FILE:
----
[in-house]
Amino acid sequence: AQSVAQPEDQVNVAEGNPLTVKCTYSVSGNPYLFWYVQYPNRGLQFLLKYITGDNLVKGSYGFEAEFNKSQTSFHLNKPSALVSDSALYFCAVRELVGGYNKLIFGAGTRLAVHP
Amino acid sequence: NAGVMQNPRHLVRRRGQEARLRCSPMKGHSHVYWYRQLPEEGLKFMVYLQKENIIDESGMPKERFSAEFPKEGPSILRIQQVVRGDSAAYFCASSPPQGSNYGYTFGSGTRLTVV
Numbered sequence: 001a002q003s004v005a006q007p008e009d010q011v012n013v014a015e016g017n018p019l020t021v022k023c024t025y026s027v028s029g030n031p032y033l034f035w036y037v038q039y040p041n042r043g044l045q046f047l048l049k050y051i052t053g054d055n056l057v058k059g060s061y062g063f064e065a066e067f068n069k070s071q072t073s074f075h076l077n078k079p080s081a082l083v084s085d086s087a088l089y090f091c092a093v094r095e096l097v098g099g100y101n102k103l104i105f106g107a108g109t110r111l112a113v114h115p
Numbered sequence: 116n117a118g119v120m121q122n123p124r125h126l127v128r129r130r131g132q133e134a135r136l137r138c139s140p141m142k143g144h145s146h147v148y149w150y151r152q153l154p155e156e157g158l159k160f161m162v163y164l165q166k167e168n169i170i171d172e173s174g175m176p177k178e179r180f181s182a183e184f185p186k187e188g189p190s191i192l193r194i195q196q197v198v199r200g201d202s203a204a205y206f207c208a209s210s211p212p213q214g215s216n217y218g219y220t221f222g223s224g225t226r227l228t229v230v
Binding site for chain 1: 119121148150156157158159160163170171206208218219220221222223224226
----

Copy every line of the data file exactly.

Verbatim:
[in-house]
Amino acid sequence: AQSVAQPEDQVNVAEGNPLTVKCTYSVSGNPYLFWYVQYPNRGLQFLLKYITGDNLVKGSYGFEAEFNKSQTSFHLNKPSALVSDSALYFCAVRELVGGYNKLIFGAGTRLAVHP
Amino acid sequence: NAGVMQNPRHLVRRRGQEARLRCSPMKGHSHVYWYRQLPEEGLKFMVYLQKENIIDESGMPKERFSAEFPKEGPSILRIQQVVRGDSAAYFCASSPPQGSNYGYTFGSGTRLTVV
Numbered sequence: 001a002q003s004v005a006q007p008e009d010q011v012n013v014a015e016g017n018p019l020t021v022k023c024t025y026s027v028s029g030n031p032y033l034f035w036y037v038q039y040p041n042r043g044l045q046f047l048l049k050y051i052t053g054d055n056l057v058k059g060s061y062g063f064e065a066e067f068n069k070s071q072t073s074f075h076l077n078k079p080s081a082l083v084s085d086s087a088l089y090f091c092a093v094r095e096l097v098g099g100y101n102k103l104i105f106g107a108g109t110r111l112a113v114h115p
Numbered sequence: 116n117a118g119v120m121q122n123p124r125h126l127v128r129r130r131g132q133e134a135r136l137r138c139s140p141m142k143g144h145s146h147v148y149w150y151r152q153l154p155e156e157g158l159k160f161m162v163y164l165q166k167e168n169i170i171d172e173s174g175m176p177k178e179r180f181s182a183e184f185p186k187e188g189p190s191i192l193r194i195q196q197v198v199r200g201d202s203a204a205y206f207c208a209s210s211p212p213q214g215s216n217y218g219y220t221f222g223s224g225t226r227l228t229v230v
Binding site for chain 1: 119121148150156157158159160163170171206208218219220221222223224226